The Provost’s Faculty Forum is a Fall program that provides an opportunity for full-time faculty members across the university to gather for conversations about innovative teaching. Each forum will occur over lunch in the Green Room of the McMullen-Connally Faculty Center. Each conversation will open with brief remarks from a faculty colleague. The cost of lunch is covered by the Provost’s Office.
Because of space limitations, registration is required. We will be maintaining a waitlist for each forum. If you find you are unable to attend a forum for which you have registered, please cancel your reservation so that a colleague has opportunity to attend.
The theme for the Fall 2019 Provost's Faculty Forum is "Education for Global Engagement."
This forum will focus on strategies to create a meaningful and rewarding co-teaching experience on campus and on study abroad programs. Tiffany Hogue will share her approaches to course session planning to spark conversation about how to be effective and efficient, too, in these unique courses.
For global education to be more than educational tourism, educators must aim for deep cultural encounters and meaningful people contact. Michael Stroope will speak to assumptions underlying global education, ways in which faculty and staff can facilitate transformational learning, and the risks involved.
Much of the transformative power of the study-abroad experience is owed to place. But study-abroad courses also tend to have a vastly different concept of class time. The opportunities (and limits) of being abroad reshape how classes tend to distribute their 135 hours of engaged learning. For this discussion we will consider some of the advantages of the study-abroad class experience of time and how those advantages can be replicated in a traditional course.
The ability to understand and connect with people who hold diverse points of view is an important component of global citizenship and engagement. Doing so effectively requires an emphasis on constructive listening practices. In this forum, Dr. Damron will explore principles of good listening, along with strategies for modeling and facilitating these behaviors in the classroom.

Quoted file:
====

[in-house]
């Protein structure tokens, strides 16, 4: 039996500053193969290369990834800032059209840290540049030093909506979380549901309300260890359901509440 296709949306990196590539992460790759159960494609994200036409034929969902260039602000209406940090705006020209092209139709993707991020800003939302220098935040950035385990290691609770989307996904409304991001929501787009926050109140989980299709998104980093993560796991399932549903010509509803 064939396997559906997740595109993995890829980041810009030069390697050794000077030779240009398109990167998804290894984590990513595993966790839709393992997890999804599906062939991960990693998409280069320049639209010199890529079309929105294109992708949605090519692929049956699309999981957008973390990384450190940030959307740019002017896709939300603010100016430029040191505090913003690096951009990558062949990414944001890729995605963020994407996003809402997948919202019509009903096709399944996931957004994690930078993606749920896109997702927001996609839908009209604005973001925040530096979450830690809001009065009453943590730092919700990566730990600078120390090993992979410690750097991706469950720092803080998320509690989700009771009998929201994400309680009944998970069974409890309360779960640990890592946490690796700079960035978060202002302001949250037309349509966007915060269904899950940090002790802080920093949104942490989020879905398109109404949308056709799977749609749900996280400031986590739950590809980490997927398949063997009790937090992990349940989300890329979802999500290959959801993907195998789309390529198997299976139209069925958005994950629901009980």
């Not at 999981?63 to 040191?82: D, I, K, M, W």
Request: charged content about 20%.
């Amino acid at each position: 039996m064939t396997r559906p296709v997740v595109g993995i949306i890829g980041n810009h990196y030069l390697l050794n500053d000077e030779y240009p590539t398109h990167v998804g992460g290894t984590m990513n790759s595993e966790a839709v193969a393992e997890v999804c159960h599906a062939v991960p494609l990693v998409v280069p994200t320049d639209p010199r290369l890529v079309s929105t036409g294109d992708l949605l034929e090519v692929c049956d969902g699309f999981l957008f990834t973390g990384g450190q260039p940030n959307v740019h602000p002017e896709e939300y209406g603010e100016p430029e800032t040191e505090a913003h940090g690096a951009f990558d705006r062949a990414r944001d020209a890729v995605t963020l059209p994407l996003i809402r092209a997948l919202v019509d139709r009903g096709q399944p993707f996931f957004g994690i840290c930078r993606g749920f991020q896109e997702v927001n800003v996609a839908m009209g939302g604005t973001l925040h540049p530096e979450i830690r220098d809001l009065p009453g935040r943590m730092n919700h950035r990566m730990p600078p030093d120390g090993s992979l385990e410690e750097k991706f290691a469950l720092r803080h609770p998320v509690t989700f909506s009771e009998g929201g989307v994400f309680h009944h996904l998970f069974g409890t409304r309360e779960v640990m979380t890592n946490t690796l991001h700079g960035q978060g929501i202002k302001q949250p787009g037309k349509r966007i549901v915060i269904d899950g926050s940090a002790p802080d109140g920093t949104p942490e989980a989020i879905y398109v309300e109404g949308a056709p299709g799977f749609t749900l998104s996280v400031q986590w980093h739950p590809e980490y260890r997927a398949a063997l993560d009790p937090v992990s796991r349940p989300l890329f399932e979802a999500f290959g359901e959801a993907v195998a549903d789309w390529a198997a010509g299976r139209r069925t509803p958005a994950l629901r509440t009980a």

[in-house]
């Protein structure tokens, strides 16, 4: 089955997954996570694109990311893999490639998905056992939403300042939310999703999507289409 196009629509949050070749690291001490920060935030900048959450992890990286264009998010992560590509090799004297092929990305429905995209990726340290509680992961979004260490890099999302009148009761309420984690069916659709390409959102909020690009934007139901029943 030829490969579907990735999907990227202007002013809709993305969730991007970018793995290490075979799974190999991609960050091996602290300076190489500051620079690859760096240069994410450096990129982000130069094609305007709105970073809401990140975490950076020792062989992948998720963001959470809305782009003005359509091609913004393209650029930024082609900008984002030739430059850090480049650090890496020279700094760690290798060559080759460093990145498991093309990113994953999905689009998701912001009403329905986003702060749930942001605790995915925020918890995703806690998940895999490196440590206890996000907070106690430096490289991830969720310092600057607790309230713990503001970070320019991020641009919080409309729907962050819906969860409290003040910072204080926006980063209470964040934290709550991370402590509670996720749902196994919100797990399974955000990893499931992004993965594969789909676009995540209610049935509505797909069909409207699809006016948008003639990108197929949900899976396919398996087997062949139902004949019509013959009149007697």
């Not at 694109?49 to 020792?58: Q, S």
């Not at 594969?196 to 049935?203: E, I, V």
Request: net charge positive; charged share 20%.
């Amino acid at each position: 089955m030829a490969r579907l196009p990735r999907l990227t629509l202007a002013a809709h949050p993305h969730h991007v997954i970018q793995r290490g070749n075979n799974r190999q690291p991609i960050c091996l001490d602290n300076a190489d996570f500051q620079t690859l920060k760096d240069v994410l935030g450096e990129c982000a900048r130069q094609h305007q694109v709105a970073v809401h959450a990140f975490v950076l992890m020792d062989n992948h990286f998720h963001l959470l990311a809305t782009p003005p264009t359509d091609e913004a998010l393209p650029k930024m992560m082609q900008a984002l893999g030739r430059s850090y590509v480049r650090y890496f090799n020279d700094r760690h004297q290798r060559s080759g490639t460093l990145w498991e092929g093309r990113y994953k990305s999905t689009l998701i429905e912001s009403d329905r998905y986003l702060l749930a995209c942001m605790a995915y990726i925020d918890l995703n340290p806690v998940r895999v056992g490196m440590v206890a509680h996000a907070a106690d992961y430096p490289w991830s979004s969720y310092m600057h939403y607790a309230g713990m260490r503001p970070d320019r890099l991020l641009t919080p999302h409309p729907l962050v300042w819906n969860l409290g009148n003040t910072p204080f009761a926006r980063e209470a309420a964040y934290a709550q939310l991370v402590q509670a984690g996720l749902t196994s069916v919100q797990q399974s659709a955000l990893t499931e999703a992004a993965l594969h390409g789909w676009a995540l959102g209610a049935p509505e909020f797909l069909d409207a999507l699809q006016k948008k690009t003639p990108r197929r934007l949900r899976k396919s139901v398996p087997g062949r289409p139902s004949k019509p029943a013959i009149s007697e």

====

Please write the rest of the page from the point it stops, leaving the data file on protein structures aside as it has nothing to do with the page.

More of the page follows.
Teaching a global classroom is exciting yet daunting- how do we engage students from around world and not just center learning in the American context? In this forum, Jennifer Dickey will share her attempts to leverage students’ distinct cultural values, imbed assignments to reflect diverse global research and practice models, and cultivate global problem solving among students in the classroom. Forum participants will brainstorm methods to enhance international reciprocity and walk away with a tool to implement in the classroom.
As Baylor professors, we seek to equip and to prepare our students through global engagement for “worldwide leadership and service.” Yet, if we want our students to serve and to lead others in the world, then we must also prepare them to respect, esteem, and learn from their counterparts in the world. Perhaps, the ancient custom of hospitality as practiced by the earliest Christians can serve as a helpful model for the Baylor community as we seek to engage the world more robustly so that we can lead and serve the world more effectively.
The seminar talk will explain the overall structure and content of the biology of global health (BGH) track in the biology department. The program lays important groundwork for students considering careers in tropical medicine, parasitology, microbiology, vector biology, global health, or other biomedically-related careers.
A brief introduction of Baylor’s current Quality Enhancement Plan (QEP), Global Baylor, and the new Intercultural Competency courses (GBL 1101, 1102, & 1103) that are being offered on campus. We’ll explore the student learning outcomes of GBL 1102, a required online course for all students who study abroad, and examine relevant 1st year data.
Andie Day will discuss her work engaging the community in class projects to help students understand problem solving skills for a real, rather than a hypothetical customer.
Baylor provides many opportunities for faculty to encourage undergraduate student participation in faculty research projects. Whether it is through grants, fellowships, or honors theses, many faculty oversee undergraduates working on projects that can cover a range of time scales. When engaging undergraduates, we must be willing to apprentice them by involving them in developing research questions, determining research methods, and anticipating outcomes. This session will provide examples of what this process looks like at Baylor and how this may be replicated in one’s own field of study.
Helping students understand what it means to be a guest and developing cultural humility when traveling abroad. Using the pedagogy of reflection can help begin the conversation.
In this forum, Candi Cann discusses how to situate learning within a global context, challenging both teachers and students to think critically about cultural and educational hegemonies of learning, while embracing a faith of deep hospitality.